IMF raises Bulgaria’s economic growth estimate to 3.9% this year

IMF raises Bulgaria’s economic growth estimate to 3.9% this year

The International Monetary Fund (IMF) expects Bulgaria’s economy to grow by 3.9 per cent this year before slowing down to three per cent, according to its latest World Economic Outlook report.

IMF’s economic growth estimate for Bulgaria in 2022 shows a significant change from April, when it projected 3.2 per cent growth this year, followed by acceleration to 4.5 per cent in 2023.

Overall, the report forecast that global growth would slow down from six per cent in 2021 to 3.2 per cent in 2022 and 2.7 per cent in 2023, down from 3.6 per cent the Fund projected for both 2022 and 2022 in its World Economic Outlook report in April.

“The global economy continues to face steep challenges, shaped by the lingering effects of three powerful forces: the Russian invasion of Ukraine, a cost-of-living crisis caused by persistent and broadening inflation pressures, and the slowdown in China,” the report said.

“More than a third of the global economy will contract this year or next, while the three largest economies — the United States, the European Union, and China — will continue to stall. In short, the worst is yet to come, and for many people 2023 will feel like a recession.”

The IMF forecast global inflation would rise from 4.7 per cent in 2021 to 8.8 per cent in 2022, before declining to 6.5 per cent in 2023 and to 4.1 per cent by 2024.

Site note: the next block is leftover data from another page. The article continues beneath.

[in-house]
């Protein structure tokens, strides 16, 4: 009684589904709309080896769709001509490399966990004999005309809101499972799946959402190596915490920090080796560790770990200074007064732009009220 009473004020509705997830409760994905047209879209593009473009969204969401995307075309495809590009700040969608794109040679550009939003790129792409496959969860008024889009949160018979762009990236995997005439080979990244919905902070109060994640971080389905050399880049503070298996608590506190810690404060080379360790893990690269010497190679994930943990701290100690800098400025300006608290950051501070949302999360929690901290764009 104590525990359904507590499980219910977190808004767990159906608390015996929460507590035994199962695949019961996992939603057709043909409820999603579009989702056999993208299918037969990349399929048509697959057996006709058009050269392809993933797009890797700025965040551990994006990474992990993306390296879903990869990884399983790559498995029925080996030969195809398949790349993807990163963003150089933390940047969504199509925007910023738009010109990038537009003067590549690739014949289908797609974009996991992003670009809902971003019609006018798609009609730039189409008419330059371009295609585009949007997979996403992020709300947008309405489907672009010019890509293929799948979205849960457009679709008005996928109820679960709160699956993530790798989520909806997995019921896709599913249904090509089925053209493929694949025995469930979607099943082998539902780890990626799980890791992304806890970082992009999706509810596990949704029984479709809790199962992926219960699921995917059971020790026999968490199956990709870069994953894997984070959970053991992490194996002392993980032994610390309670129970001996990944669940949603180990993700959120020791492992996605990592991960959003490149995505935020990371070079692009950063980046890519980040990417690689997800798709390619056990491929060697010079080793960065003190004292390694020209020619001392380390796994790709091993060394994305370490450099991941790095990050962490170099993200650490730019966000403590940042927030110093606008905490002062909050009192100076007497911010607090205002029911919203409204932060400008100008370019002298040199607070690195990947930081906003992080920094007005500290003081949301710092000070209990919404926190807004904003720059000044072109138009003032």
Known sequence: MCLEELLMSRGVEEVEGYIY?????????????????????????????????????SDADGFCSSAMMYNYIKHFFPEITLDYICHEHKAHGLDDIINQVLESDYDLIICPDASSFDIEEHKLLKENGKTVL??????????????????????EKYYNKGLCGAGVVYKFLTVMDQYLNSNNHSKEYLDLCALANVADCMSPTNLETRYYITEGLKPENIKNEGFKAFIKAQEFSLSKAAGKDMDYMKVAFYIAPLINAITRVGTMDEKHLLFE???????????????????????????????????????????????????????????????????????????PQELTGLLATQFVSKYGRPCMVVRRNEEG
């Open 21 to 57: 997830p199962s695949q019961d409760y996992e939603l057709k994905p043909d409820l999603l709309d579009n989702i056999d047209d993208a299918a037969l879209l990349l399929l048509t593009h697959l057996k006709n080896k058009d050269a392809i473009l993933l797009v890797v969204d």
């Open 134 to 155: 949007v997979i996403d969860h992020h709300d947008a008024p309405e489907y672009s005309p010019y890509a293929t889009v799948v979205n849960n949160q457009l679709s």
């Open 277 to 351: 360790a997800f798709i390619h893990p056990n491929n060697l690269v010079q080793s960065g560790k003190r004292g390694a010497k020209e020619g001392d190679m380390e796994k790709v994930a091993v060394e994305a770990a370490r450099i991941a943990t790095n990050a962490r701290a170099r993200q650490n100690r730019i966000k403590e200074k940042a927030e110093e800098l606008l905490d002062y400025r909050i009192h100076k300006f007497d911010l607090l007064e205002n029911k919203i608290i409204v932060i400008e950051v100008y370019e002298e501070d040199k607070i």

Its inflation forecast for Bulgaria was 12.4 per cent this year, up from 2.8 per cent in 2021, but slowing down to 5.2 per cent in 2023.

“Risks to the outlook continue to be on the downside. Overall, risks are elevated as the world grapples with the impact of Russia’s invasion of Ukraine, a slowdown in economic activity as central banks ramp up efforts to quell inflation, and the lingering pandemic,” the Fund said.

While inflation is increasingly important, companies still saw Covid-19 as the dominant risk and the continued high numbers of Covid-19 mentions in firms’ earnings calls may reflect the pandemic’s lingering effect on labor markets
and supply chains, the IMF said.

Source: The SofiaGlobe

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